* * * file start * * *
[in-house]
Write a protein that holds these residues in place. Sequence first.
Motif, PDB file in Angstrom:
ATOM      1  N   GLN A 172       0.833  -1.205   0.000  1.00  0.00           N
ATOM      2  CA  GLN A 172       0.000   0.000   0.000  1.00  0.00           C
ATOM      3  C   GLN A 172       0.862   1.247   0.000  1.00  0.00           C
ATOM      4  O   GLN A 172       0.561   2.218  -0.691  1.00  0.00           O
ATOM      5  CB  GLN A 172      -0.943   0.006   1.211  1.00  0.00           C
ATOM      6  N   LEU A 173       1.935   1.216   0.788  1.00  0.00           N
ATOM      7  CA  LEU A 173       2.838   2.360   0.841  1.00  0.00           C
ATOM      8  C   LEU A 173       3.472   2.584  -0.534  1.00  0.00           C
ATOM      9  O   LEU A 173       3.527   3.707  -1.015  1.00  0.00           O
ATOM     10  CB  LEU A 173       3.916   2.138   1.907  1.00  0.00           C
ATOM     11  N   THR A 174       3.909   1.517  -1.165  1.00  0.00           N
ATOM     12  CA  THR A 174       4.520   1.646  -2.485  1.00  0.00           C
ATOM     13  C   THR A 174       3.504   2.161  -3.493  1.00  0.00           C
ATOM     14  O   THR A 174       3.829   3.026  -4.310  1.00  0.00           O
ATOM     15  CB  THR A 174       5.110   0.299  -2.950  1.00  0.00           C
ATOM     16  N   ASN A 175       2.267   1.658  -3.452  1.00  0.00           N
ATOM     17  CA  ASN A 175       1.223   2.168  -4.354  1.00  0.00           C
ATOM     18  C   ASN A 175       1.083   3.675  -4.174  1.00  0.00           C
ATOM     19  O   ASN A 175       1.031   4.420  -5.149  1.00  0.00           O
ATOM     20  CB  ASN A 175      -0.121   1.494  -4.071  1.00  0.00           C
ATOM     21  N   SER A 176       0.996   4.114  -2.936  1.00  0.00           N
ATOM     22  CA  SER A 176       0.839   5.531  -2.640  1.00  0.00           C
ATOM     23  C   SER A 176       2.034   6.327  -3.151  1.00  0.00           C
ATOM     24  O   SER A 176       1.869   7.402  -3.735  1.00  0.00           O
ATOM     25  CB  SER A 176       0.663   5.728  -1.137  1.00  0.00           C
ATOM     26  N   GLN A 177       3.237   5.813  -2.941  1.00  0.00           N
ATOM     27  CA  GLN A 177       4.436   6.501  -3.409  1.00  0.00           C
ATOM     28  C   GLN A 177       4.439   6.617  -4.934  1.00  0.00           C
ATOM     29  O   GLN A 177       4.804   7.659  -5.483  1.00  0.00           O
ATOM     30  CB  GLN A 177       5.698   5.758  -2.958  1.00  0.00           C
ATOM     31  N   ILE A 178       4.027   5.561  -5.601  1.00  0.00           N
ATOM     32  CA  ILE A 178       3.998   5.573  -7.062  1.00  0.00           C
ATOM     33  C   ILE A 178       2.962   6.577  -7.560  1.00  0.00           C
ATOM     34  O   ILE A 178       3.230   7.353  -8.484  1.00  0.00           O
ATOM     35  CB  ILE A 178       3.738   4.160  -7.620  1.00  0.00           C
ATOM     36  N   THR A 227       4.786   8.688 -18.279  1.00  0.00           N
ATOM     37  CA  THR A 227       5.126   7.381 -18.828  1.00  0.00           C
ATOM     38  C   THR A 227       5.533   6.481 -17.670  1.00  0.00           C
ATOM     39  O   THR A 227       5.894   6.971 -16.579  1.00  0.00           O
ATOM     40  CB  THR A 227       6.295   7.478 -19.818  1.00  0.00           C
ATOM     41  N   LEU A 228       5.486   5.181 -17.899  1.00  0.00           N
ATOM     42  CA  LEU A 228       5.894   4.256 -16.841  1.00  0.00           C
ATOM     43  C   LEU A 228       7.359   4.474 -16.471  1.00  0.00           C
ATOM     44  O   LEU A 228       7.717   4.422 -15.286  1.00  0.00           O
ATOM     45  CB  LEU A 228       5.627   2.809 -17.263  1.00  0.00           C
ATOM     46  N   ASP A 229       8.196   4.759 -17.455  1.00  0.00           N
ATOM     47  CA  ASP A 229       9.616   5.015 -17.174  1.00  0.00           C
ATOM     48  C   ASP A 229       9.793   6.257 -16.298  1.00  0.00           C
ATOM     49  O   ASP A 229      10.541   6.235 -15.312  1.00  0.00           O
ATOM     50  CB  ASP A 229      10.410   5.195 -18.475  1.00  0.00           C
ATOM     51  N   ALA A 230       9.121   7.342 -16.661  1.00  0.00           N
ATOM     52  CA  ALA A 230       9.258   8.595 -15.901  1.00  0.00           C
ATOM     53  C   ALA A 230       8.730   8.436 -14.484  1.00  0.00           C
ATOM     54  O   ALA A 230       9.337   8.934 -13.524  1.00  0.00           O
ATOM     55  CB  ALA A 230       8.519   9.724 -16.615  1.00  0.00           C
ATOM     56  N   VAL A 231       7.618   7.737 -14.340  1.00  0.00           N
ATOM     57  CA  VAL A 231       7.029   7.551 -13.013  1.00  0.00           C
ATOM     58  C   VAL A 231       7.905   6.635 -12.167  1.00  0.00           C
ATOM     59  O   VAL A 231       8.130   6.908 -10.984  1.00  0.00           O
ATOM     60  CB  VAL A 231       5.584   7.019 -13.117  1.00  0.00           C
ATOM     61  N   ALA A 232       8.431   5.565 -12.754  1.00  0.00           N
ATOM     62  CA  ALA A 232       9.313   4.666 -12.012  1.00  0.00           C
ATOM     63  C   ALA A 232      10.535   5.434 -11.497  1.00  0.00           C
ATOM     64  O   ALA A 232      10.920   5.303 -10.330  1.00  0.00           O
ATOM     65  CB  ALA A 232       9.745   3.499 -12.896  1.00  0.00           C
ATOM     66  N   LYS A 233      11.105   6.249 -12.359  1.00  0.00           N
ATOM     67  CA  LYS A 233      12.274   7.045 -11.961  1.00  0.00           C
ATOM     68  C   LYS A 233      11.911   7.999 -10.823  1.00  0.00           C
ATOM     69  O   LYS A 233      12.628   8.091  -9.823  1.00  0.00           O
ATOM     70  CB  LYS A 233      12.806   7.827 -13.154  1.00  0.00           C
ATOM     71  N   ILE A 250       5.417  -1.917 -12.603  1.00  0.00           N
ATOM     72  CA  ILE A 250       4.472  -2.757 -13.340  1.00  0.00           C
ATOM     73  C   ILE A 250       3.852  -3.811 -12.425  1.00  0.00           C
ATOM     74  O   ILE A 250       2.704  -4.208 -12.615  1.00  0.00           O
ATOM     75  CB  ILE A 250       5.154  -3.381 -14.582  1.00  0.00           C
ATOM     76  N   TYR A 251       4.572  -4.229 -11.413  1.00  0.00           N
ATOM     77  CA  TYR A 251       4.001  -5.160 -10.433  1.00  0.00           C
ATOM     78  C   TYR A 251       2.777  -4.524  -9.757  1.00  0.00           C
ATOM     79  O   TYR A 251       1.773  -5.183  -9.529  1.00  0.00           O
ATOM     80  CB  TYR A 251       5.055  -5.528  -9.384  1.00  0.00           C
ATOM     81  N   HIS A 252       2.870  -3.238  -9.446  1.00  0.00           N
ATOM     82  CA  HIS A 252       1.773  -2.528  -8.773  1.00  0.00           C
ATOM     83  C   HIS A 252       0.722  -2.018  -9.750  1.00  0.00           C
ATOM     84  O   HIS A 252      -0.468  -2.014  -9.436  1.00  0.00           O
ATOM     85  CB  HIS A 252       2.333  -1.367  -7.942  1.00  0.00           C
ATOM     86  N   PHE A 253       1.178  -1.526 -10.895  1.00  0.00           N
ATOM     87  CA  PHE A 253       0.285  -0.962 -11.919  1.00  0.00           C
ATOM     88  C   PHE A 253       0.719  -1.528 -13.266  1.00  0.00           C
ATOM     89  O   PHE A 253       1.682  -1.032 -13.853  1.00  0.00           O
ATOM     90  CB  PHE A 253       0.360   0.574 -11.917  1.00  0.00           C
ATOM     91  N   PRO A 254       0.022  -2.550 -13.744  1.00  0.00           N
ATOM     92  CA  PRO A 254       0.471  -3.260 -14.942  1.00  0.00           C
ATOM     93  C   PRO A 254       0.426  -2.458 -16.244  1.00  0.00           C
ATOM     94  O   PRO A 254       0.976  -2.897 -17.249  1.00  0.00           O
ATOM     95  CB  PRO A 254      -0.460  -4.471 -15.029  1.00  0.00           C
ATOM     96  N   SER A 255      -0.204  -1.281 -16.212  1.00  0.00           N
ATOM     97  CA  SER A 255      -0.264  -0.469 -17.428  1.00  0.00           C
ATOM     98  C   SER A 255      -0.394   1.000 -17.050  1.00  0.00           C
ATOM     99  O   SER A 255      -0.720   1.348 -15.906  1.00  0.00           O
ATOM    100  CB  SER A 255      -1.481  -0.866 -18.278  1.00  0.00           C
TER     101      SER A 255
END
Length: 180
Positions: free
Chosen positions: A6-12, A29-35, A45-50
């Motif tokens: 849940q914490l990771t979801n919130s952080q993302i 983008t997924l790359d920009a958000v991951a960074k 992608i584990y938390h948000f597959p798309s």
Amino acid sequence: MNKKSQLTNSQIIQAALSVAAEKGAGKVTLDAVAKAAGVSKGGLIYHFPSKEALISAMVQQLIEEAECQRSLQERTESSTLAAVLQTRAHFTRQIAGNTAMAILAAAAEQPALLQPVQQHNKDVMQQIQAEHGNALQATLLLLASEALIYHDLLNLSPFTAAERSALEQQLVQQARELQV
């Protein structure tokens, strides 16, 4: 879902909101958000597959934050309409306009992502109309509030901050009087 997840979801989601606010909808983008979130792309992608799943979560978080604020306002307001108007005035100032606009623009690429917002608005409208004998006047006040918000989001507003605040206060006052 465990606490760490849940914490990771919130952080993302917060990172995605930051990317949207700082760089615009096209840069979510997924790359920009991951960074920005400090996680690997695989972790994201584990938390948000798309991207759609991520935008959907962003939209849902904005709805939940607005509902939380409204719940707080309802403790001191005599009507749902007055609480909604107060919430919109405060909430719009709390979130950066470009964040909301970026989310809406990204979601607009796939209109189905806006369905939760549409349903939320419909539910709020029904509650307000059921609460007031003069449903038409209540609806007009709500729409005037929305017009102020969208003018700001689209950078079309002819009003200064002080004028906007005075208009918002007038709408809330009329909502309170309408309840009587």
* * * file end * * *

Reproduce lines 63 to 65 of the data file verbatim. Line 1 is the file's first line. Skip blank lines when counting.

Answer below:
ATOM     60  CB  VAL A 231       5.584   7.019 -13.117  1.00  0.00           C
ATOM     61  N   ALA A 232       8.431   5.565 -12.754  1.00  0.00           N
ATOM     62  CA  ALA A 232       9.313   4.666 -12.012  1.00  0.00           C